Conjure in African American Society

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LSU Press, 2005 - History - 230 pages
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Conjure's ability to merge supernaturalism and religion-along with a widespread belief in, fear of, or respect for conjure's effectiveness-has made it a force across generations, Anderson shows, and not only among blacks. New Age spiritualism, Afro-Caribbean syncretic faiths, and modern psychological understandings of magic have all contributed to a recent revival of conjure.By critically examining the many influences that have shaped conjure over time, Anderson effectively redefines magic as a cultural power, one that has profoundly touched the arts, black Christianity, and American society overall.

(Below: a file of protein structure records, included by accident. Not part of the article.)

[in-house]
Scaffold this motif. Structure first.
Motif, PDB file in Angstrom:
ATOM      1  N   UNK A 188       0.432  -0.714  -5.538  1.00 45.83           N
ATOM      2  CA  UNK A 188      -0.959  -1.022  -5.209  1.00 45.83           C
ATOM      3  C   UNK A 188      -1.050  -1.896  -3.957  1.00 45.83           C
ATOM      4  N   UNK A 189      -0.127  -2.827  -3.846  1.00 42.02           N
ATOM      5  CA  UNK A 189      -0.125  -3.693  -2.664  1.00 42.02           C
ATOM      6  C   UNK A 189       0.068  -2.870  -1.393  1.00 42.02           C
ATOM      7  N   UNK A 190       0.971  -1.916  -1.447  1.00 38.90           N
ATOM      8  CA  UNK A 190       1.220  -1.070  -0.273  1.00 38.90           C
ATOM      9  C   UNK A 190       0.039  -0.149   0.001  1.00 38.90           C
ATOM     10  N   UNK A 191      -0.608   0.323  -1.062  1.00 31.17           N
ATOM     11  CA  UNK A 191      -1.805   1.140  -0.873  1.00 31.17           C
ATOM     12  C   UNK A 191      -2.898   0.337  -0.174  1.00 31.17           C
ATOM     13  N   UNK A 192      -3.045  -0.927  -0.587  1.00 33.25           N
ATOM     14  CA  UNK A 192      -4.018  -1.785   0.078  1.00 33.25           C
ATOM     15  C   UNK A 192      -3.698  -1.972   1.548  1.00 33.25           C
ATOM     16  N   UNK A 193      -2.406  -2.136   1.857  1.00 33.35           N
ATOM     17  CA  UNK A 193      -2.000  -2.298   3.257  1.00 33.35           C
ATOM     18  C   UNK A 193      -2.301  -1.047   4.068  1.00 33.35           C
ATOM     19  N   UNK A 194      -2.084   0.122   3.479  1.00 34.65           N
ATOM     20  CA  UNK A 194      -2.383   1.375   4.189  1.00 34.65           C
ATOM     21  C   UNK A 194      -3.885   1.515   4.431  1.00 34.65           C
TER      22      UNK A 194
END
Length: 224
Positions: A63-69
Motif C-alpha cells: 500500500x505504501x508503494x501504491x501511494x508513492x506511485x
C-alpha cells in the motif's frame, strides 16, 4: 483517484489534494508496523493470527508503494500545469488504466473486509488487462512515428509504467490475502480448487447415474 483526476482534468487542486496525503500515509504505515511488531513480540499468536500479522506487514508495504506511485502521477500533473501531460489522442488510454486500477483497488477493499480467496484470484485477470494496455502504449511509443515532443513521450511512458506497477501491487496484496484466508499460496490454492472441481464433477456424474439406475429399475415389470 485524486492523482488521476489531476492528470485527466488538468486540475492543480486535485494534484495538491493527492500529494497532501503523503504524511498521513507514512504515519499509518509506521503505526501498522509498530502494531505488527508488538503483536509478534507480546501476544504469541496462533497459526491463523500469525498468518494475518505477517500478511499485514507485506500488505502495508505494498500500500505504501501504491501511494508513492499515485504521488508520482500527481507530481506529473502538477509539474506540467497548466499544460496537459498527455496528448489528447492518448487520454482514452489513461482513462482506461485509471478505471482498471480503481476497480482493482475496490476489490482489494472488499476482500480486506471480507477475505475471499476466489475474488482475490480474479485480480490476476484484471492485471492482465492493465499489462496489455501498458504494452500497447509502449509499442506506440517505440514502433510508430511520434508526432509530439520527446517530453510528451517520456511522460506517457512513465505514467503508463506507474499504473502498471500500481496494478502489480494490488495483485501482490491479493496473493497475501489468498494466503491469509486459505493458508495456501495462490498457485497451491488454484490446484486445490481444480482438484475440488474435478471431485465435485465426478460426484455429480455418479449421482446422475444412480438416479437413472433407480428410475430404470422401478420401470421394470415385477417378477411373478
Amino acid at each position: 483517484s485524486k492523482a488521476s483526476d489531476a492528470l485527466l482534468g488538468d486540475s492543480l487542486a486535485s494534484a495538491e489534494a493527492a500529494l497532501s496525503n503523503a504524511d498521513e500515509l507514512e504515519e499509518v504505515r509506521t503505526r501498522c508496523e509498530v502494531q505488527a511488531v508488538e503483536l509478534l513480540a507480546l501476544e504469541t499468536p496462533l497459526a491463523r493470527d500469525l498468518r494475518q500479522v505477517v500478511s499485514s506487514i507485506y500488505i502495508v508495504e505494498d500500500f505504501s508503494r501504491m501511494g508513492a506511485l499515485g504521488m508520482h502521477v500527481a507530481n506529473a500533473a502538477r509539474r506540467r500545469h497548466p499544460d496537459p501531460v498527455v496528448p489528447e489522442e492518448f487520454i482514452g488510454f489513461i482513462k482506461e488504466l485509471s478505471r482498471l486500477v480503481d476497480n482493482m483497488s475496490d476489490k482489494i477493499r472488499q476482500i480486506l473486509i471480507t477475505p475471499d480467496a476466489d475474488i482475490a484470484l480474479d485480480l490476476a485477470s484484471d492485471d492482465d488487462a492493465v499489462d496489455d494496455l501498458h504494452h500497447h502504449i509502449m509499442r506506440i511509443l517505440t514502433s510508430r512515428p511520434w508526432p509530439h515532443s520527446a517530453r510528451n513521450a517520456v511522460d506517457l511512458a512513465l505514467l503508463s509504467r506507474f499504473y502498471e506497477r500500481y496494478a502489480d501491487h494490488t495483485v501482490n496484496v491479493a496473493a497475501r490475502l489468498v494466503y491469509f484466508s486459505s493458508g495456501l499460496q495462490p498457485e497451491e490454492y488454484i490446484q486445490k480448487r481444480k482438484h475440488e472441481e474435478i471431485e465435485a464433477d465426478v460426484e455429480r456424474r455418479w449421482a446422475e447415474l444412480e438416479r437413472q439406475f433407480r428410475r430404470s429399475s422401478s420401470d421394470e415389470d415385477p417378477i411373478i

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User Review  - Dead_Dreamer - LibraryThing

Jeffery Anderson's CONJURE IN AFRICAN AMERICAN SOCIETY is by far the most scholarly book on hoodoo practices and beliefs I've ever read. Often academic books such as this can be rather dry, but ... Read full review

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About the author (2005)

Jeffrey E. Anderson is an assistant professor of history at Middle Georgia College.

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